Switchfoot to showcase film, songs from ‘Fading West’ at Arena
By Rachelle Reeves
GCU News Bureau
Switchfoot returns to Grand Canyon University Arena next week for a uniquely personal show that includes the premiere of the band’s new film.
Fans who attend the Sunday event can view “Fading West,” a feature-length “rockumentary” surf film that carries the same title as Switchfoot’s new album, which is scheduled for a January release. The event also is designed like a mini-concert, in which the band will explain the meaning behind new lyrics and answer fans’ questions via Twitter.
Guitarist and songwriter Drew Shirley told GCU Today that the “Fading West” film portrays Switchfoot through a year of touring as the members searched for new songs that eventually ended up on the new album.
Here’s what Shirley said about music, surfing, faith, family and bringing Switchfoot back to GCU:
Question: How do you find God in surfing and how does that relate to “Fading West?”
Answer: Now, I’m going to be honest with you, I’m the least of the surfers. I enjoy it when it’s warm and sunny and not early in the morning. So I get to go to a lot of great surf spots, but surfing has been a part of the band since we started. Even the name of the band Switchfoot is a surfing term. Surfing is kind of like the baptism. (Lead singer Jon Foreman’s) wife calls it his baptism because if he’s in a bad mood or not feeling good she just says, “You need to go surfing.” When you get outside, you get in the water and nature and look at the horizon. You’re literally in God’s creation.
Q: Is this the band’s first film? If so, why did you see the need to make one?
A: This is! We’ve done music videos and we’ve done podcasts, but this is a feature-length film, so it’s different than both of those. A film crew came up to us and asked us if we were interested in doing a documentary. … We said, “Well, it would have to involve surfing, and we’re a band that travels,” so we thought why don’t we put together a movie that is searching the world for waves and songs?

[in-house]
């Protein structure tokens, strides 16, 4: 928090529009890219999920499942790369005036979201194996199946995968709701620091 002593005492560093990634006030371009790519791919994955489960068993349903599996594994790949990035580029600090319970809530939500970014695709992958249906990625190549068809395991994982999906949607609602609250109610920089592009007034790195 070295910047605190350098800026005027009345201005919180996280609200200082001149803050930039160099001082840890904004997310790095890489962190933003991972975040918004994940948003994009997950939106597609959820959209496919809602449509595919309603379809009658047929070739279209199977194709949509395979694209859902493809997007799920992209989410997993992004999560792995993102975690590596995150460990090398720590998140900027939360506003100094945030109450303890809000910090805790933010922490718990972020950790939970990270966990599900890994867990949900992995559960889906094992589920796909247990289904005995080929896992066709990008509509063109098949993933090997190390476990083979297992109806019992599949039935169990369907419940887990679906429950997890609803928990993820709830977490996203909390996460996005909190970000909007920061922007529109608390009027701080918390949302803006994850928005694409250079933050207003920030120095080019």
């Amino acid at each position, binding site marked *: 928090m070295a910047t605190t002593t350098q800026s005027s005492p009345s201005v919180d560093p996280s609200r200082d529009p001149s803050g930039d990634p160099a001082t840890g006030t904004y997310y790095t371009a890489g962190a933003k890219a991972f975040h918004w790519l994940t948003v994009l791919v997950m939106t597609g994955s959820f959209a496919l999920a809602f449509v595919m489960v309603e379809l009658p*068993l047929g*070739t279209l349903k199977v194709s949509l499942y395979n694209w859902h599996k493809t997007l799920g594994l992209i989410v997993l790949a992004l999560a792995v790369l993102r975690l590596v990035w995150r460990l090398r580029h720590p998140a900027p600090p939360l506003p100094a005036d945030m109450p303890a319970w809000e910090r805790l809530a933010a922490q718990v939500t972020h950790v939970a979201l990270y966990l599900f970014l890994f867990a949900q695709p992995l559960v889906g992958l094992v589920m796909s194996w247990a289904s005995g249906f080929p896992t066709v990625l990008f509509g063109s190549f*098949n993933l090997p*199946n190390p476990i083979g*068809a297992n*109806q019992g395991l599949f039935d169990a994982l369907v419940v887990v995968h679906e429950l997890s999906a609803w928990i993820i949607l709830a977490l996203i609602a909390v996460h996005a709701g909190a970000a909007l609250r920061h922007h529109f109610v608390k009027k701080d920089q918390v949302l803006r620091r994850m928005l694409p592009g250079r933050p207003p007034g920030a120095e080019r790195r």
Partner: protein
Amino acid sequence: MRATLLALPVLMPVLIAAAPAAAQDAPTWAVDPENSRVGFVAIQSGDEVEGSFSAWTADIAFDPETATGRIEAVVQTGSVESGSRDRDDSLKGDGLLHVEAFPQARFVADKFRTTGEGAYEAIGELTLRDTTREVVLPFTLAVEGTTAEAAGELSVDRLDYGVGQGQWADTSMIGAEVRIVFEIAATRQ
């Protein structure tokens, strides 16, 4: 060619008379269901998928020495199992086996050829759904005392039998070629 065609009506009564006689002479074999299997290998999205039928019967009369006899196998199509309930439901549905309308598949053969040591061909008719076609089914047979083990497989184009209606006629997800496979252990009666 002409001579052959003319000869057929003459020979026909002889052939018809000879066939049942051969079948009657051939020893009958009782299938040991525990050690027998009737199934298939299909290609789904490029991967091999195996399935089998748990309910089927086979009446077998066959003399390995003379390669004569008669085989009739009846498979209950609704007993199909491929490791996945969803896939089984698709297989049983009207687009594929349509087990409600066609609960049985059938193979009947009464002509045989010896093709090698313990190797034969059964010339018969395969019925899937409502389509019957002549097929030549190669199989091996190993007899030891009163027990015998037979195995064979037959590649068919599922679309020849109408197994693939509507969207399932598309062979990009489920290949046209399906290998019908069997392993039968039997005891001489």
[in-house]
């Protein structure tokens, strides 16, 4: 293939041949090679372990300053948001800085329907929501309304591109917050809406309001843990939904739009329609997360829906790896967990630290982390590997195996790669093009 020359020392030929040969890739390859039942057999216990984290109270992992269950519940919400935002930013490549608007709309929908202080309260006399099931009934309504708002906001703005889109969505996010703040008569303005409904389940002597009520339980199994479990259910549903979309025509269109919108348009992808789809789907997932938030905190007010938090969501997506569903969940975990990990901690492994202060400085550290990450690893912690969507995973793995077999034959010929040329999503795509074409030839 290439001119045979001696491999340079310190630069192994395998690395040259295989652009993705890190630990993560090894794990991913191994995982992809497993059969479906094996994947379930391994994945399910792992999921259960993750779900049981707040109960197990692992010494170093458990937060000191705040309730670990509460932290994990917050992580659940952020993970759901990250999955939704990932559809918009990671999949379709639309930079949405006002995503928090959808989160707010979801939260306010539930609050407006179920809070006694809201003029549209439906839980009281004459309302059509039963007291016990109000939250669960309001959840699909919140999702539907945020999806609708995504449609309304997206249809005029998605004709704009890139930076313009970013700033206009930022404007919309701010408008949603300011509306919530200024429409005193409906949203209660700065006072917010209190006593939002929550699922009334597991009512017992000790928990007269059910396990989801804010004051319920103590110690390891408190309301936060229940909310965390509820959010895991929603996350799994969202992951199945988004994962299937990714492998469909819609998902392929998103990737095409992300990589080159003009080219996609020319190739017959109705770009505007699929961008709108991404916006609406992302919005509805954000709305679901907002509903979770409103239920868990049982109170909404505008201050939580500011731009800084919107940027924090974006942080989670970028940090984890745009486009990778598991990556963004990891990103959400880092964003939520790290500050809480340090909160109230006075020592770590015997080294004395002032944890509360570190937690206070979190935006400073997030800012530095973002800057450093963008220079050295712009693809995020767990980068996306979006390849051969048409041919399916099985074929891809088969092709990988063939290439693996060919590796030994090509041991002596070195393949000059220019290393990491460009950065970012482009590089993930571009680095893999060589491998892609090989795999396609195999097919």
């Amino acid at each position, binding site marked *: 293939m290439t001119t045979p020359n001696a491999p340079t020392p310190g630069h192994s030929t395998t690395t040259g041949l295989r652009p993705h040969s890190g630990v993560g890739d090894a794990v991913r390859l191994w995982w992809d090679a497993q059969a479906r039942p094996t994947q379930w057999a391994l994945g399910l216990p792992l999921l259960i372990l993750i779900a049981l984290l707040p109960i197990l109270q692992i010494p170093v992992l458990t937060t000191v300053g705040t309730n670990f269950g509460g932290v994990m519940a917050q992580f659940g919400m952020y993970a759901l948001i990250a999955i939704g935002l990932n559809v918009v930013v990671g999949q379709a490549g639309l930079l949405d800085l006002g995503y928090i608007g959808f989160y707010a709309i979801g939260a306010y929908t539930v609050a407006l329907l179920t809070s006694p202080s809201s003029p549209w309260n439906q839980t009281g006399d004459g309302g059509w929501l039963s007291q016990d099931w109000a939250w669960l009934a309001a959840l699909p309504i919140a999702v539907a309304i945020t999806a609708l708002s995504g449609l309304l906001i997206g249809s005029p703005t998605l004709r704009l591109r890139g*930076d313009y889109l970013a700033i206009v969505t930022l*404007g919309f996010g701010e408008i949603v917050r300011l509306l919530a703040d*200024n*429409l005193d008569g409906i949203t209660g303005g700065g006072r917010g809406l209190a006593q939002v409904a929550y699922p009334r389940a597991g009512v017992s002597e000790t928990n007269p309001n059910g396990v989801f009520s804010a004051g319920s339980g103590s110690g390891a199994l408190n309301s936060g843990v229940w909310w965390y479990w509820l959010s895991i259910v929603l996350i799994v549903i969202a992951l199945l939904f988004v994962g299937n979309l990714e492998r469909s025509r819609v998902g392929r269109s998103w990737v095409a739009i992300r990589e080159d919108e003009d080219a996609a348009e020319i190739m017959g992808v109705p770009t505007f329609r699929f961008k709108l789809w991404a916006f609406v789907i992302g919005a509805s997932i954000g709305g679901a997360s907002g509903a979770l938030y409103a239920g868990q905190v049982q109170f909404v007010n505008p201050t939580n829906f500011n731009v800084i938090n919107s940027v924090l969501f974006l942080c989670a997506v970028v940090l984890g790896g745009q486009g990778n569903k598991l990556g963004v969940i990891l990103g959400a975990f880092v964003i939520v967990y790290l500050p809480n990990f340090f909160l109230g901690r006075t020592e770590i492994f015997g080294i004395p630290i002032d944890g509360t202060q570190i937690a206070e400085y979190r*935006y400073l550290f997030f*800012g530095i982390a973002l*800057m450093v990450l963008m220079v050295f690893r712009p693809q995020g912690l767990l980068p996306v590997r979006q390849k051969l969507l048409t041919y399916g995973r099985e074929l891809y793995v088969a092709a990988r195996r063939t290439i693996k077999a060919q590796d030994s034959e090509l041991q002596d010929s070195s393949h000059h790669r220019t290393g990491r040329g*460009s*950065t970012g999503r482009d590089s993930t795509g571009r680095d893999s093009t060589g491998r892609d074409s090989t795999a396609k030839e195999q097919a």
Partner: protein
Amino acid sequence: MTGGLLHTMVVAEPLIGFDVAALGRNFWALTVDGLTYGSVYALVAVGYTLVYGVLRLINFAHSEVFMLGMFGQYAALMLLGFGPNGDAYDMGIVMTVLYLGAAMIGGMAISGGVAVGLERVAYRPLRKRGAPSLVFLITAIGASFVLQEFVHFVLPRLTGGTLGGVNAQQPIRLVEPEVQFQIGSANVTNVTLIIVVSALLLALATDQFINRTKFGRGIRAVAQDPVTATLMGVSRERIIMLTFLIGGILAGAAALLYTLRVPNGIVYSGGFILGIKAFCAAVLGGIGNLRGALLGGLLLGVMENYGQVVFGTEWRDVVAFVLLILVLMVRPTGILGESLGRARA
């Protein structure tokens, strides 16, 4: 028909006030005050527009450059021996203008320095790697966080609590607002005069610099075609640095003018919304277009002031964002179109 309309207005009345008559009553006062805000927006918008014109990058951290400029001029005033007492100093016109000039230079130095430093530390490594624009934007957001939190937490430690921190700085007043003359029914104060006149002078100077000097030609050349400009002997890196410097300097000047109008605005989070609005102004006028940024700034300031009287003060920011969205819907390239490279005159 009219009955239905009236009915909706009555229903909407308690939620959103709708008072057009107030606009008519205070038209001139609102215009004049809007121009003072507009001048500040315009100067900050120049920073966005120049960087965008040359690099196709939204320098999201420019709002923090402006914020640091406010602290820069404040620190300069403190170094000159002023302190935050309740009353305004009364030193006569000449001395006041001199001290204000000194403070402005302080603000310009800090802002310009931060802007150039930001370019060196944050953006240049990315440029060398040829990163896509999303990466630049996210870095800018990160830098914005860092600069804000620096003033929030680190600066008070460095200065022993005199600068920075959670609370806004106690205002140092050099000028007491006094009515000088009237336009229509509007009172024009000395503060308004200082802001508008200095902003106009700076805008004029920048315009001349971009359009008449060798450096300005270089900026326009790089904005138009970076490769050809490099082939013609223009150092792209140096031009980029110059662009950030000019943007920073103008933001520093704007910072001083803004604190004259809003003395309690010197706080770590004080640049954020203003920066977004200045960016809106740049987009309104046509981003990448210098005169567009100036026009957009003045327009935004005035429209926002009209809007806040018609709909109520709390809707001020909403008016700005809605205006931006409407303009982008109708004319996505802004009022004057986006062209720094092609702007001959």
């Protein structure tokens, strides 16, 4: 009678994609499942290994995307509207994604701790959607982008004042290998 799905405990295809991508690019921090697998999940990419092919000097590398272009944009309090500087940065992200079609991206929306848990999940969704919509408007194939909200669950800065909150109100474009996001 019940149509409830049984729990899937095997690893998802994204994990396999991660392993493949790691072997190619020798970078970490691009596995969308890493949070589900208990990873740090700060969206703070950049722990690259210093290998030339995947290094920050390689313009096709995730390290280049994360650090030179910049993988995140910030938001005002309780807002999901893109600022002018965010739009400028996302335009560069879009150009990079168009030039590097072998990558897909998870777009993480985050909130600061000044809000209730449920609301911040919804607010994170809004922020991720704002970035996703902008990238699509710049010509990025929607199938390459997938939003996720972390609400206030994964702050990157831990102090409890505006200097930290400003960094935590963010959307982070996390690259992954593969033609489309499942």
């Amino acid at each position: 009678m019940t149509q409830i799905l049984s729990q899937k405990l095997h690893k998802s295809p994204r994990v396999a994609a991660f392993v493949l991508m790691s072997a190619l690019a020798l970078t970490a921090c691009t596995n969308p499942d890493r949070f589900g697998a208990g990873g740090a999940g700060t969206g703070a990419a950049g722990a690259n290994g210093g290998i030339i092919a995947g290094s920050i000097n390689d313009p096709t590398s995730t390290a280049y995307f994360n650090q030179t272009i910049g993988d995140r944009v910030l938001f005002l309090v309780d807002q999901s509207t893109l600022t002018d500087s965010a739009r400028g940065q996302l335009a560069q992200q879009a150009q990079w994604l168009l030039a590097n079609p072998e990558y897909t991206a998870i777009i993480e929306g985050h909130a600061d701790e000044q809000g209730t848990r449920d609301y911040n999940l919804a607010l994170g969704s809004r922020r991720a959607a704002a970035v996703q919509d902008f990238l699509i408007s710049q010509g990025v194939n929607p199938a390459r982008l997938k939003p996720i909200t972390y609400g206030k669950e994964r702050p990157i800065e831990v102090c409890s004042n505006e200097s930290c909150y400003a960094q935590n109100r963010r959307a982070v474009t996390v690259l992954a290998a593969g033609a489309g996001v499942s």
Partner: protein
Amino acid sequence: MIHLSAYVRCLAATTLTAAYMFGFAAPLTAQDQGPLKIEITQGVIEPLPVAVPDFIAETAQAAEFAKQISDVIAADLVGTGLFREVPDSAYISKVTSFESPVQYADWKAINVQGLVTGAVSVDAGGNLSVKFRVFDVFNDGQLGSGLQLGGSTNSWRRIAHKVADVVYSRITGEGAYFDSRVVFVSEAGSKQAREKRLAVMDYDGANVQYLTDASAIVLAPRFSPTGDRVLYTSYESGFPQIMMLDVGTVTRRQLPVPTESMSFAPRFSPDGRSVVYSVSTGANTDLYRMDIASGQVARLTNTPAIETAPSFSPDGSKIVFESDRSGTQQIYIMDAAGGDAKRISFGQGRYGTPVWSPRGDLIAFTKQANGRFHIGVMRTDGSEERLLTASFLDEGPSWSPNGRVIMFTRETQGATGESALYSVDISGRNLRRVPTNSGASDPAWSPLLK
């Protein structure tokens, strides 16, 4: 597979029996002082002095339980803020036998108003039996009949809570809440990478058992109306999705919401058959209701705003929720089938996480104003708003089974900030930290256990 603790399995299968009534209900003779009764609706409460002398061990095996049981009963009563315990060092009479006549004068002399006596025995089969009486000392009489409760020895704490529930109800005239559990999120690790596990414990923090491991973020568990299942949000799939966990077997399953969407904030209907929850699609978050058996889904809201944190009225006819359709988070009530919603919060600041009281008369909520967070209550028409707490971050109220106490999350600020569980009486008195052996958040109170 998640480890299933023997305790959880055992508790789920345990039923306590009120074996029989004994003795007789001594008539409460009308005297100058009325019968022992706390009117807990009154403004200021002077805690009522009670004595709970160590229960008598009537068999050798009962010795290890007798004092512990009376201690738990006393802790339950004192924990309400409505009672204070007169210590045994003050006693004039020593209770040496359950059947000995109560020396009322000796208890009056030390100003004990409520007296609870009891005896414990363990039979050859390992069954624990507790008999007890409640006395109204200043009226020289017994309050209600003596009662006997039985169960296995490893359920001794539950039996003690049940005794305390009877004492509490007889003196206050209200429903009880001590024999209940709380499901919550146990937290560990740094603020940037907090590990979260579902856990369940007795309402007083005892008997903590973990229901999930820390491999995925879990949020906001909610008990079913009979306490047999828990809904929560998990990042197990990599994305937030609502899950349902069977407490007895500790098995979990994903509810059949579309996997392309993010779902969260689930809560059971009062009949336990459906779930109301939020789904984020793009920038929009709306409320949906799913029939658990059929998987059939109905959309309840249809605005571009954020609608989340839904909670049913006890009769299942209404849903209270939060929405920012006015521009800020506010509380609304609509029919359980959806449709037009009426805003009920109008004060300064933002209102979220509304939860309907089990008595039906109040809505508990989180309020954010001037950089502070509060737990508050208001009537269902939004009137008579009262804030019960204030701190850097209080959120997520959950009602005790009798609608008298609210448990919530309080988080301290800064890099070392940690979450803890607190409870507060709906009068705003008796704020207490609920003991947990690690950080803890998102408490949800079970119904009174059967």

Q: Why did you decide to make the film a half “rockumentary,” half surf film?
A: This is a natural thing for our band. We’ve sort of shied away from surfing for a long time because it’s just sort of a personal hobby thing that didn’t fit with rock and roll. But now we realize that it’s so much a part of who we are. We include our families in this film. We include behind-the-scenes looks at our conversations on the bus and backstage or eating at the dinner table. It’s just an in-depth of the band. You get to see what I look like when I first wake up in the morning. Ha! Seriously.
Q: How has this CD and film grown or changed the band?
A: It’s grown us a lot because when you look back at your own story you’re able to understand a lot of it that you weren’t able to before. For me, being away from my family has always been hard. I have kids at home and we tour a lot, so I didn’t see my daughters take their first steps. I know there’s so many birthdays and anniversaries that I’ve missed. But it’s almost like the film helped us deal with that and cope with that.